BREVARD COUNTY, Fla. – At NASA's Kennedy Space Center, the cradle of man's most sophisticated technological feats, something beastly, reptilian, primal in nature lurks motionless among the salt marsh and mangrove swamps.
Nearby, another primitive creature glides through the shallows, its pointed tail propelling the ocean's apex predator toward a brutal Darwinian dance in which the most powerful jaw, quickest strike and the thickest skin often wins this war: shark versus gator.
The two seldom meet. When they do, their dance is no waltz in the national park. It can get ugly — and bloody — real quick at the Merritt Island National Wildlife Refuge, a 140,000 acre overlay of the Kennedy Space Center.
When these strangers dance, both see red, in tooth and claw.
America's space portal is where king of the sea and the boss of the swamp sometimes meet and chomp it out, News 6 partner Florida Today reported.
Here, gators usually win. But do sharks ever one-up and gobble down a gator?
"I'm sure they would," said Eric Reyier, a fisheries biologist at Kennedy Space Center's Ecological Program and Integrated Mission Support Services. "Both alligators and sharks eat whatever they can."
At times, that's each other.
Shark-gator run-ins are relatively rare, say researchers who study such occasions near NASA's main launch pads.
Alligators tend to hang out in semi-salty swamps at Merritt Island refuge, while sharks prefer the coastal waters where we swim.
But when chance crosses paths and the two tango, fins fly, and sometimes, so do tails.
"These interactions are very hard to capture," said Russell Lowers, a wildlife biologist with Integrated Mission Support Services.
But these researchers do capture them, in photos, historical records, and by pumping gator guts to find evidence the top-dog reptile makes mince meat of sharks. It's not easy to find. Gator guts are so acidic, all but teeth and scales are gone within days.
They have found evidence gators eart nurse sharks, lemon sharks, bonnetheads and rays, a cousin species to sharks.
"It seems to be not very frequent but it's happening," said James Nifong, research biologist with the U.S. Army Corps of Engineers in Vicksburg, Mississippi."We don't really know the frequency of this. There's not a lot of people pumping alligator stomachs and looking at something like this."
Nurse and bonnethead sharks that live mostly sedentary lives among the space center's shallows are sitting ducks for voracious, alert alligators. "The shark just bumps into them, and there you go," Nifong said.
A stingray glides by — forget about it. Nifong finds stingray barbs lodged in gator necks.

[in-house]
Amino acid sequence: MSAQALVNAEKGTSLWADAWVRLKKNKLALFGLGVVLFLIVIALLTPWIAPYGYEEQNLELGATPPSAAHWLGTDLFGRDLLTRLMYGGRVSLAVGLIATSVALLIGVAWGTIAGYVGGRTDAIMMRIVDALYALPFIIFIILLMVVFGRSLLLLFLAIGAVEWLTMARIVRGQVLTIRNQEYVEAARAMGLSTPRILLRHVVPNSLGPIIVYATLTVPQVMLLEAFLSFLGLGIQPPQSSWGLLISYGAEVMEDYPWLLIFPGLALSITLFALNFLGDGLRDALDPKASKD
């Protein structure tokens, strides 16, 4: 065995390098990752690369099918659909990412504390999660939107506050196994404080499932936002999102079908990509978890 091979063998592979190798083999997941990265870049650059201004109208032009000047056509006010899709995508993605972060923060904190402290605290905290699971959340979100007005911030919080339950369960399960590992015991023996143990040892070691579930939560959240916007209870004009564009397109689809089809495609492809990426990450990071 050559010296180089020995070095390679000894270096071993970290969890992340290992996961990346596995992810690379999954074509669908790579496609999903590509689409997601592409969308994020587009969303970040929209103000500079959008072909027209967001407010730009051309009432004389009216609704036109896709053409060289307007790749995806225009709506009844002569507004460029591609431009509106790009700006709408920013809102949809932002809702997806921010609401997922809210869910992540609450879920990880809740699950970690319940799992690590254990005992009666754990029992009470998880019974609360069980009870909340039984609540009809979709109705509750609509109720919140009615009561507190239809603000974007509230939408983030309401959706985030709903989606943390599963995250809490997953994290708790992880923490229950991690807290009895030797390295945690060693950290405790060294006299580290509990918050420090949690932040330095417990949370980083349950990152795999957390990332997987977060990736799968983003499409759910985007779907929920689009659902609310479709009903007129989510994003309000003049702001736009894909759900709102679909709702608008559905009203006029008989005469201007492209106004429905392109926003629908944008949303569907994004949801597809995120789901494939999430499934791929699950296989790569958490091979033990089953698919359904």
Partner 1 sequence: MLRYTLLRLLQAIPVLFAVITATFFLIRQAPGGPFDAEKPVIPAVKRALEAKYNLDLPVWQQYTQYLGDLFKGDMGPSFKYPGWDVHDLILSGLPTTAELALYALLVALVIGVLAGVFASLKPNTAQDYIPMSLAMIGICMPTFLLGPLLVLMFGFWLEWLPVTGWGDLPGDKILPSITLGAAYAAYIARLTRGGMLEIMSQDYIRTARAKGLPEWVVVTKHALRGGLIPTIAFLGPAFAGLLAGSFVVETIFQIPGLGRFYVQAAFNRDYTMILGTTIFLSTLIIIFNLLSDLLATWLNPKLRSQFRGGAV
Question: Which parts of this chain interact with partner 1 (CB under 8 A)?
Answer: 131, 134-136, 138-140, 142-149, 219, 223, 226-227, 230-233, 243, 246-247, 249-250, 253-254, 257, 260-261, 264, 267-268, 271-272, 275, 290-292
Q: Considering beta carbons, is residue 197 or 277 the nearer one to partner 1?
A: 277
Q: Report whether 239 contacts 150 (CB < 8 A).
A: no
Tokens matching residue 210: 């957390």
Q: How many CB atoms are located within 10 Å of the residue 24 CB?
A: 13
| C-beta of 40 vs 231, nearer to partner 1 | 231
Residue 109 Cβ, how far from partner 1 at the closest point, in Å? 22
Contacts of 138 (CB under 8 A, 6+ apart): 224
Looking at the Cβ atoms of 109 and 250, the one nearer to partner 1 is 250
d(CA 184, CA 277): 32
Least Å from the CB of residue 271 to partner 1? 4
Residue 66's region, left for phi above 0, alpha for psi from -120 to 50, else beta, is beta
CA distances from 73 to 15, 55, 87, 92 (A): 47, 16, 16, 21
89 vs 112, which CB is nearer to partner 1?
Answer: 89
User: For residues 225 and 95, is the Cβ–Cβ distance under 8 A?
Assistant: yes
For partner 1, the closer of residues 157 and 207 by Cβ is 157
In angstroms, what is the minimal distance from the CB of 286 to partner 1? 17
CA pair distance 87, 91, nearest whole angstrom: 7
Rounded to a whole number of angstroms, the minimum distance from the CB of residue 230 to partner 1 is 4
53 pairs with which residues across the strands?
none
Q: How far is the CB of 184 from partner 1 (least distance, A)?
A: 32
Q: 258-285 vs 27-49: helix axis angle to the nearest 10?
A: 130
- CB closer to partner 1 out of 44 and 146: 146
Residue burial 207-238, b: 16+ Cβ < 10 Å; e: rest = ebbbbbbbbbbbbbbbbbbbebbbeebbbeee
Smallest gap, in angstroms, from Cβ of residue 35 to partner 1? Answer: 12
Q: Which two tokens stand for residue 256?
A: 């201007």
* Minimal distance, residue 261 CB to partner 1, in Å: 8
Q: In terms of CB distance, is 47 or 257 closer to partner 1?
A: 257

But who remains swimming is not always so cut and dry when larger sharks enter the fray. Nifong and Lowers documented recent and historical accounts of shark-gator clashes, some at Jupiter Inlet and near Titusville, publishing their findings in the journal BioOne.
"... and with no clear winners," Reyier notes. "That would have been a sight to see for sure."
They dug up an October 1887 edition of a sports magazine called the Fish Gazette, which describes a brutal alligator-shark brawl when gale force winds and rain made fresh and salt water worlds collide. According to the write-up, a Florida correspondent of New York 'Sun' gives "a curious account" of the combat between hundreds of the two prehistoric predators at Jupiter Inlet. Heavy eastern gales brought shoals of black bass from freshwater to Jupiter's coastal waters.
"Solid acres of salt-water fishes piled into the bight of the inlet, and fought for the sea-water that oozed through the sand at high tide. The alligators of the Everglades got wind of what was going on. They came down the Allokehatchieand Lakeworth Creek in scores, and attacked the fish dammed in the bight.
"The slaughter was astonishing," the account continued, with waters that turned to blood, carpeted with dead fish and an estimated 500 alligators swarming the scene.
"The beach was black with their mailed bodies. At night their muttered thunder fairly shook the foundation of the lighthouse."
Then one day a north wind arose, backing up water in the inlet. When waters rose further from wind and rains, fresh water burst through the sandy barrier, "and the pent up waters were roaring and rising to the sea. The army of alligators was caught in the flood and carried outside. A terrific fight ensued. The neap-tide had brought hundreds of enormous sharks to the coast."